Answered By: Nazlin Bhimani
Last Updated: Jul 18, 2017     Views: 97

According to the UK Copyright, Designs and Patents Act 1988, you can copy a 'substantial amount' under fair dealing for private study or for research for a non-commercial purpose.  The generally accepted guidelines are that you can copy the following:

  • One photocopy of one article in a serial publication or in a set of conference proceedings or in a collective work (other than a poem, short story or other literary work in a collection of such works);
  • One photocopy of one complete chapter from a book; 
  • One photocopy of one case report from a law report;
  • Up to 5% of a physical volume of any of the above (which may be greater than one article, chapter or report, or may include extracts from more than one such article, chapter or report);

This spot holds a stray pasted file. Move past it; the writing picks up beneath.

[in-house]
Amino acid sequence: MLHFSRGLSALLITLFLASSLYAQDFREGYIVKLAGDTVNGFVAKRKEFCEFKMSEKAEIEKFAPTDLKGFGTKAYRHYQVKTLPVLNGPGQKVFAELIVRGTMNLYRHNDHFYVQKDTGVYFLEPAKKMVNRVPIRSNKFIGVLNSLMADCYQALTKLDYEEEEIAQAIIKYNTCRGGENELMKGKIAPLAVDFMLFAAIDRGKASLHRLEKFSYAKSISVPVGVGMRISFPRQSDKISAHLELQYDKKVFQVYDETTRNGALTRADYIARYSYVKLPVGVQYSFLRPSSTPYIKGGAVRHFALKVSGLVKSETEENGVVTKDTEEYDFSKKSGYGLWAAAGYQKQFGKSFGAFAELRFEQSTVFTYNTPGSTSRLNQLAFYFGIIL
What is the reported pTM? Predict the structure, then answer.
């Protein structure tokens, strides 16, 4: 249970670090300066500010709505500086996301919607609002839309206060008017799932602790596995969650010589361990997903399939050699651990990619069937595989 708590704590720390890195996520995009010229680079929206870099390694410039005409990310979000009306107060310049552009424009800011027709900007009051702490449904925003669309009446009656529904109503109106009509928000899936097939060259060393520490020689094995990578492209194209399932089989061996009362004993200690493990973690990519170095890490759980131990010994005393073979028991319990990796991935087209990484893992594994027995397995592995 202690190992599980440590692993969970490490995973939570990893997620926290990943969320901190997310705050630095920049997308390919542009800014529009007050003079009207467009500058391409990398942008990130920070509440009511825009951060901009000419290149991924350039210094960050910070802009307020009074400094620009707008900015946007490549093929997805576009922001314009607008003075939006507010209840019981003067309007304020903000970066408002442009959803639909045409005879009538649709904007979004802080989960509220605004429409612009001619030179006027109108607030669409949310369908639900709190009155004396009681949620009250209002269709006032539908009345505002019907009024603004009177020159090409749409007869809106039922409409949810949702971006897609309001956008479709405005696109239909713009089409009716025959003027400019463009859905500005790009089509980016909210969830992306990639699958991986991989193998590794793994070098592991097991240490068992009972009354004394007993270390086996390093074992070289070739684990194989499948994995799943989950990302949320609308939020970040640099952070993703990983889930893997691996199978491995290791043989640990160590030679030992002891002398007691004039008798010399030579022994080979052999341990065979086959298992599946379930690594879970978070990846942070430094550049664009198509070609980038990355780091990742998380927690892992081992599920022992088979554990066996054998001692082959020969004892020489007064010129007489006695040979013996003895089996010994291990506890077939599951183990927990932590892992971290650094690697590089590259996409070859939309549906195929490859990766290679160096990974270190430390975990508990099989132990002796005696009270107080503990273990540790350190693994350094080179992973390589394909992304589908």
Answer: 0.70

• One short story or poem in a collective work, up to ten pages in length.

Any more than this is not fair dealing. Nor is it fair dealing to copy, say, one article from a book or journal on one occasion and another article from the same book or journal on another occasion. Note also that introductory and similar matter (title pages, contents lists, bibliographies, notes) are not excluded: in a single work they are part of the work and count for decisions on the amount and whether the extracts are separate or not; in a compilation or a critical edition they are separate works.

There is no overall agreement about downloading from electronic journals. Licence conditions vary, and should always be checked. In general, however, you should not try to download more than the amounts indicated above.

Tip!  Further information on copyright and intellectual property rights in general is available from the LibGuide on IPR.

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